Definitely holds up to the dystopian classics
5 out of 5 stars
Fire War is about the United States in the near future – about 40-50 years or so into the future. Terror has run rampant and many people are killed in the name of terror. Something needs to be done, and something will be done. Follow Gunnery Sergeant Anthony Jackson on his missions as a Marine to train and protect. Along the way, things get muddled up and he must choose between what he thinks is right and what he has come to see along his journey.
Narration for Fire War was done by Patrick Freeman – this was my first book narrated by Freeman and I really enjoyed it. His pacing and enunciation were really great. Only a few times did I think he said a word wrong (but in reality it could be a location/colloquialism issue more than pronunciation). The production quality was perfect with no issues at all.
So, my first thoughts were “I wonder what I’m getting into” and once I got further into the story I quickly realized that this book was right up my alley. With roots in many of my favorite dystopian’s of the past, Fire War should be a must read for teenage year students (like I believe 1984 and the likes should be too). I found myself drawing parallels to 1984, Fahrenheit 451, and Brave New World while I dug deeper and deeper into this story. But it was done in a new and different way. And in my eyes, that’s pretty amazing.
T.T. Michael’s writing style mixed with Freeman’s narration were a win-win for me with this book. It was fast-paced without feeling like it skipped over details. It had details without being bogged down. A nice and neat book full of “what ifs.” A few times I was worried that the book would dive deeper into a warning against certain things we are doing now, but it was far enough in the future that it didn’t feel preachy. But it has roots in some things that are happening today (or will likely happen in the near future).
Overall, a great read for those who like old-school dystopian’s like I discussed above. I’m not sure if Michael has a plan for more books, but I’m definitely intrigued.
The original review was posted on Audiobook Reviewer, a free copy of this book was provided in exchange for my honest and unbiased opinion.
Late in the 21st century, the United Continental States of America (or UCSA), comprising the former USA, Canada, and Mexico, is running smoothly: unemployment has been all but eradicated, terrorism is quashed in the country, and internal dissent diminishes by the day. Most people thank President Meyers for this. Many can no longer remember when there was last an election, but as long as he keeps the country safe from the terrorist group Hariq Jihad (‘Fire War’), this seems a small price to pay.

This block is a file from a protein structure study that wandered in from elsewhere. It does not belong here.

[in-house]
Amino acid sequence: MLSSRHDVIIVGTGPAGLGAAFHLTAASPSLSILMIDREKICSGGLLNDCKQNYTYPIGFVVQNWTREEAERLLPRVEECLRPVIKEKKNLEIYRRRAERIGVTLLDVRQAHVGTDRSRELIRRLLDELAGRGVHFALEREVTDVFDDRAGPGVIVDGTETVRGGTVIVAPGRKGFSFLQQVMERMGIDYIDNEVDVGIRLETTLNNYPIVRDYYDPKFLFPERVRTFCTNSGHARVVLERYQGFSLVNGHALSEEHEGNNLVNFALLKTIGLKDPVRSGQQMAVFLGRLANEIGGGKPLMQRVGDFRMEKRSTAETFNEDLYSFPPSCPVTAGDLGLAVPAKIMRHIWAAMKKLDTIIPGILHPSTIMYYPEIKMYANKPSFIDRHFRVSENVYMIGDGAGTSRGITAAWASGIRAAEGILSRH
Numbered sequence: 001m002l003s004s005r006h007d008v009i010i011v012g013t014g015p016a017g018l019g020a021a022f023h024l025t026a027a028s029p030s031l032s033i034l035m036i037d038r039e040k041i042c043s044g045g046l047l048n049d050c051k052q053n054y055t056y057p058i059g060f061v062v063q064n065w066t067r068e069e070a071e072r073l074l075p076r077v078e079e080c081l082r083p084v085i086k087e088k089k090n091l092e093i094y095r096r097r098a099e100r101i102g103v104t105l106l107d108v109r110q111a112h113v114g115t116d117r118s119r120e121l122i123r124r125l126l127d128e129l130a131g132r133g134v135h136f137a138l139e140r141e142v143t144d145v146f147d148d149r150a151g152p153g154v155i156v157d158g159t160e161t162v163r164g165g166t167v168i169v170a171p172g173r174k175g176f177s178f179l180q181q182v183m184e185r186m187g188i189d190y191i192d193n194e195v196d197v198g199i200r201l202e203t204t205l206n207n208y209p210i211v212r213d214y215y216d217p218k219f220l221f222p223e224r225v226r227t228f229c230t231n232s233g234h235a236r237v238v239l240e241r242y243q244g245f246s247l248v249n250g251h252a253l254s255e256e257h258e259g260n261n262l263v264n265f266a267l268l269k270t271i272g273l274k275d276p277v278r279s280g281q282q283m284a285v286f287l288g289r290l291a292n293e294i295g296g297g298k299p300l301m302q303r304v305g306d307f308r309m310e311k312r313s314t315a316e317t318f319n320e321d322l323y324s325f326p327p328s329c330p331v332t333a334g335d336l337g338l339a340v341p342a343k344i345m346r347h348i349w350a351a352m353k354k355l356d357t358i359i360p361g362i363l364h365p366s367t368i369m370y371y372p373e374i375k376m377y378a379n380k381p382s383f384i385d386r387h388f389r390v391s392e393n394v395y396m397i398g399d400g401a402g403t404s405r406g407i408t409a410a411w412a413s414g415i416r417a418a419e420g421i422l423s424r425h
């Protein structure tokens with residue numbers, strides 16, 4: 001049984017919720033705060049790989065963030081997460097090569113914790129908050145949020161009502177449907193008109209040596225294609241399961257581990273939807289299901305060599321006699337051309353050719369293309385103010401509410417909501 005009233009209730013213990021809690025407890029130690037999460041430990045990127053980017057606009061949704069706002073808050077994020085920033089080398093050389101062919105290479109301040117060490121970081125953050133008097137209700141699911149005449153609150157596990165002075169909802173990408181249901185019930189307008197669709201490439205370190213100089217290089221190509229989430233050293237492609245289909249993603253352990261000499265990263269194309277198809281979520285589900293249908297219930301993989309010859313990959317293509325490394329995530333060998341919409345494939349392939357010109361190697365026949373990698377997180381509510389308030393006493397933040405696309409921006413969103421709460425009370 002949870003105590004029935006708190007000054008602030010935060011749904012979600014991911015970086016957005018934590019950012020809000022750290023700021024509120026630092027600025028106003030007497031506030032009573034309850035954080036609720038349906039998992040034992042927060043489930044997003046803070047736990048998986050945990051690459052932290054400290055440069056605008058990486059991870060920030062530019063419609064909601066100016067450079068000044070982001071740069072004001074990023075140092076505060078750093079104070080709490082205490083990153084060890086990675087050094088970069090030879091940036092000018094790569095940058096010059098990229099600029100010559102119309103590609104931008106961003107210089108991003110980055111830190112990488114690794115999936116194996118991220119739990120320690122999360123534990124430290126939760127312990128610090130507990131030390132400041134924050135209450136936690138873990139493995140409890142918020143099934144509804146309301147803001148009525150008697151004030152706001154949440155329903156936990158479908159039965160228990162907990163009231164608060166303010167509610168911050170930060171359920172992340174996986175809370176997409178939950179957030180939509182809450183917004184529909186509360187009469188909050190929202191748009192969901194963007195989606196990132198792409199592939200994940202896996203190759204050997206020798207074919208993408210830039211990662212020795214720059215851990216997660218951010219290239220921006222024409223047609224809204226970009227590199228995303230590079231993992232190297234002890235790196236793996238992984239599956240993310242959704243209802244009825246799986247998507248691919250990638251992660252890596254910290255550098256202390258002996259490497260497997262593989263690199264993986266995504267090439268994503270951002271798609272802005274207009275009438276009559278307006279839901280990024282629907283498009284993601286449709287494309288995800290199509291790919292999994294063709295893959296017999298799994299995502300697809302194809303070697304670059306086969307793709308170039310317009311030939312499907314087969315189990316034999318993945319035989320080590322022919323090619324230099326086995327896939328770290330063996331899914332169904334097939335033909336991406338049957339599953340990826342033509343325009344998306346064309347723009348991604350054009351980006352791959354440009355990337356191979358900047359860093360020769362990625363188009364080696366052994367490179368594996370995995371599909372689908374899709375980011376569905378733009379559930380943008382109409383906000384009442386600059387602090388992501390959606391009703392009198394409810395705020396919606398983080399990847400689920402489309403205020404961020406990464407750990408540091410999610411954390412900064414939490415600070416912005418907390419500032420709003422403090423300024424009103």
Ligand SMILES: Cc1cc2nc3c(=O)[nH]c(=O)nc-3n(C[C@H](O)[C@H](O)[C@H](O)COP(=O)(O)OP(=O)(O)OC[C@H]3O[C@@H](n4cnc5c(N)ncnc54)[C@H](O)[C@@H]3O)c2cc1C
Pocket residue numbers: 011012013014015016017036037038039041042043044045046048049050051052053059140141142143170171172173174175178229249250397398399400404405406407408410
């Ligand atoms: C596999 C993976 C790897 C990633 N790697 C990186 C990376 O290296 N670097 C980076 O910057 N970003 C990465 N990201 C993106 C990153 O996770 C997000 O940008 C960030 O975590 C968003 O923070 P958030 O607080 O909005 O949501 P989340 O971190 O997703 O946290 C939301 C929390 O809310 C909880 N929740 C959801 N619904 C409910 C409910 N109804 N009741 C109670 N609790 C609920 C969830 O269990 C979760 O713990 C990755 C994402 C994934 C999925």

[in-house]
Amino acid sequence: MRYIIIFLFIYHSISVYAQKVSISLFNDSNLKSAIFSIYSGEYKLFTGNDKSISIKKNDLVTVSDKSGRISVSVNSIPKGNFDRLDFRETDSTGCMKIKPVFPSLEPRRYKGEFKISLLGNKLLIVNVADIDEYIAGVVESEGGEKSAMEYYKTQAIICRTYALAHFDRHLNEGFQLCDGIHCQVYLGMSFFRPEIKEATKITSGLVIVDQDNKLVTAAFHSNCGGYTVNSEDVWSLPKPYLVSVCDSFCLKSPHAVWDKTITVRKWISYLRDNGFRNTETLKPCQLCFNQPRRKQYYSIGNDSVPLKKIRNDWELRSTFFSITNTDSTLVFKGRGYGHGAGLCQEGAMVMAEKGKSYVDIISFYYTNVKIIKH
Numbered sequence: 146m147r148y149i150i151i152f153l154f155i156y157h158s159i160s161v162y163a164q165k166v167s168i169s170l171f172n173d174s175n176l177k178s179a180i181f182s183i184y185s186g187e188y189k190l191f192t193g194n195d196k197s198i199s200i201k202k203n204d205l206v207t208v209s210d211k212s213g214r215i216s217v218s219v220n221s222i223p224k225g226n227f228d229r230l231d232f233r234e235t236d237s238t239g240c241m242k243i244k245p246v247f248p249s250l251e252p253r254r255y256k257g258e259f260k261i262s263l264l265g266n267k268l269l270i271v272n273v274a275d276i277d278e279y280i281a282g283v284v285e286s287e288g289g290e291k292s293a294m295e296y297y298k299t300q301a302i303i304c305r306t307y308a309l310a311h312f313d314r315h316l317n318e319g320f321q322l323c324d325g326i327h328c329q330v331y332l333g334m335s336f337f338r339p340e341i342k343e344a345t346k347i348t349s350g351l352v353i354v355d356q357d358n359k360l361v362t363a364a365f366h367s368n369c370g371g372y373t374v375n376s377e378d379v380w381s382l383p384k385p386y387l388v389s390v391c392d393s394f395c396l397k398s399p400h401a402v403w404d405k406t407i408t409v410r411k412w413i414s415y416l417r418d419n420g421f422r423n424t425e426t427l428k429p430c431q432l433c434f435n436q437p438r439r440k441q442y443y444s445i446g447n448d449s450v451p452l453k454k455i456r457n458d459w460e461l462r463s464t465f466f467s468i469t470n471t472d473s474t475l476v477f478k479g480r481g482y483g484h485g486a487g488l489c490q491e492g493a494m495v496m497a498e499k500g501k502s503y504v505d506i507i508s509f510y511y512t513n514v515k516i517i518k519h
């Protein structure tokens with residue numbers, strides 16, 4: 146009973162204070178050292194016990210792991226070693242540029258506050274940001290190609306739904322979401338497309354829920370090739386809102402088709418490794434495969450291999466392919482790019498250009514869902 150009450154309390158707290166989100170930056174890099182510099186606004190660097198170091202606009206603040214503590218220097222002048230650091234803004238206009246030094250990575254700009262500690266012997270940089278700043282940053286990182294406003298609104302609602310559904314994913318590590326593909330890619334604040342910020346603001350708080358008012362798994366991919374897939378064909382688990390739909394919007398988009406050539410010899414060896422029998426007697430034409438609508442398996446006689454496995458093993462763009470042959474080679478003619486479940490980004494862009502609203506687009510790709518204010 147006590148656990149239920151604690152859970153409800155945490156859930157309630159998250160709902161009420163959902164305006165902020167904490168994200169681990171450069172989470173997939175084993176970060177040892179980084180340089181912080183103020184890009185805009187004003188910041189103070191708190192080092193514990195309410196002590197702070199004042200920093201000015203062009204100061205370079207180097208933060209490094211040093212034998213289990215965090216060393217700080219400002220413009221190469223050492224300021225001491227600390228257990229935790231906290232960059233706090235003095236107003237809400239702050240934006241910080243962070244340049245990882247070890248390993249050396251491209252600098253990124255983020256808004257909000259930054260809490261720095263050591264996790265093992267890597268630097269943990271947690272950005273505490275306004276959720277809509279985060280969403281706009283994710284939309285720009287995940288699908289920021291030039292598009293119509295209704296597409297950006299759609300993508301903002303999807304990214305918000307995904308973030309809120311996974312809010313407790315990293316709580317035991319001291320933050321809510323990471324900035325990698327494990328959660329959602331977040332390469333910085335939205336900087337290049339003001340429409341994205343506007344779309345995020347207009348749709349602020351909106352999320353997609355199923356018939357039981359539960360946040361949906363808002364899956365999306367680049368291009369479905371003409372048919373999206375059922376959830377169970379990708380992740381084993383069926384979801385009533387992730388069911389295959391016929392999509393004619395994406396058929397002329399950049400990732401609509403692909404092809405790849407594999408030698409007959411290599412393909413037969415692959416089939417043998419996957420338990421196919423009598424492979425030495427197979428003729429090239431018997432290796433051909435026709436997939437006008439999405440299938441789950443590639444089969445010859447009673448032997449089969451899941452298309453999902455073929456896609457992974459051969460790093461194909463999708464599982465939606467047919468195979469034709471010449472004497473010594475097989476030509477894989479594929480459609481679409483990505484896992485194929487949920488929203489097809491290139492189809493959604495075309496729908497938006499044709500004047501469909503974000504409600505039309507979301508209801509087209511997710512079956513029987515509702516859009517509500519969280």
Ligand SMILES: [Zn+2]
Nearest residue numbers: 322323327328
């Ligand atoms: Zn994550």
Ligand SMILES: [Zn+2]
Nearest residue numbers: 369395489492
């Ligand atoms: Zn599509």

Gunnery Sergeant Anthony Jackson is the model Marine: highly trained, absolutely efficient, and unquestioningly dedicated to his country. The only thing he can conceive of putting before his nation is his family, his wife Courtney and two daughters Maya and MacKenzie. Conscripted into the personal security detail of President Meyers, he begins to get glimpses that not everyone is as content with the current situation as he is, but attributes this to terrorist agitation and fringe lunacy. When his older daughter Maya begins to question the creeping erosion of personal liberties and the revoking of democratic rights, however, he begins to fear for her safety, as well as his own and that of his family. In a climate in which entire families disappear due to minor offenses, one can’t be too careful.
The tensions between liberty and safety, between family and country, will force Jackson to rethink all his beliefs, and lead to a collision with the system he has dedicated his life to serving.
Fire War is a suspenseful, gripping and unnerving examination of the paradoxes of power, the price of liberty, and the dictates of conscience. The world you live in will never look the same again.
Perhaps you wouldn’t characterize the Finance Manager of your local automobile dealership as an Amazon best-selling author–until you get to know T.T. Michael. He has worked for the past decade at a Toyota Dealership in Illinois, but he is in the driver’s seat as the writer of, Fire War, a political thriller set in the year 2076. See what happens when the United States, Canada, and Mexico all join forces to make one super country. See more about him and his book Fire War at www.ttmichael.com
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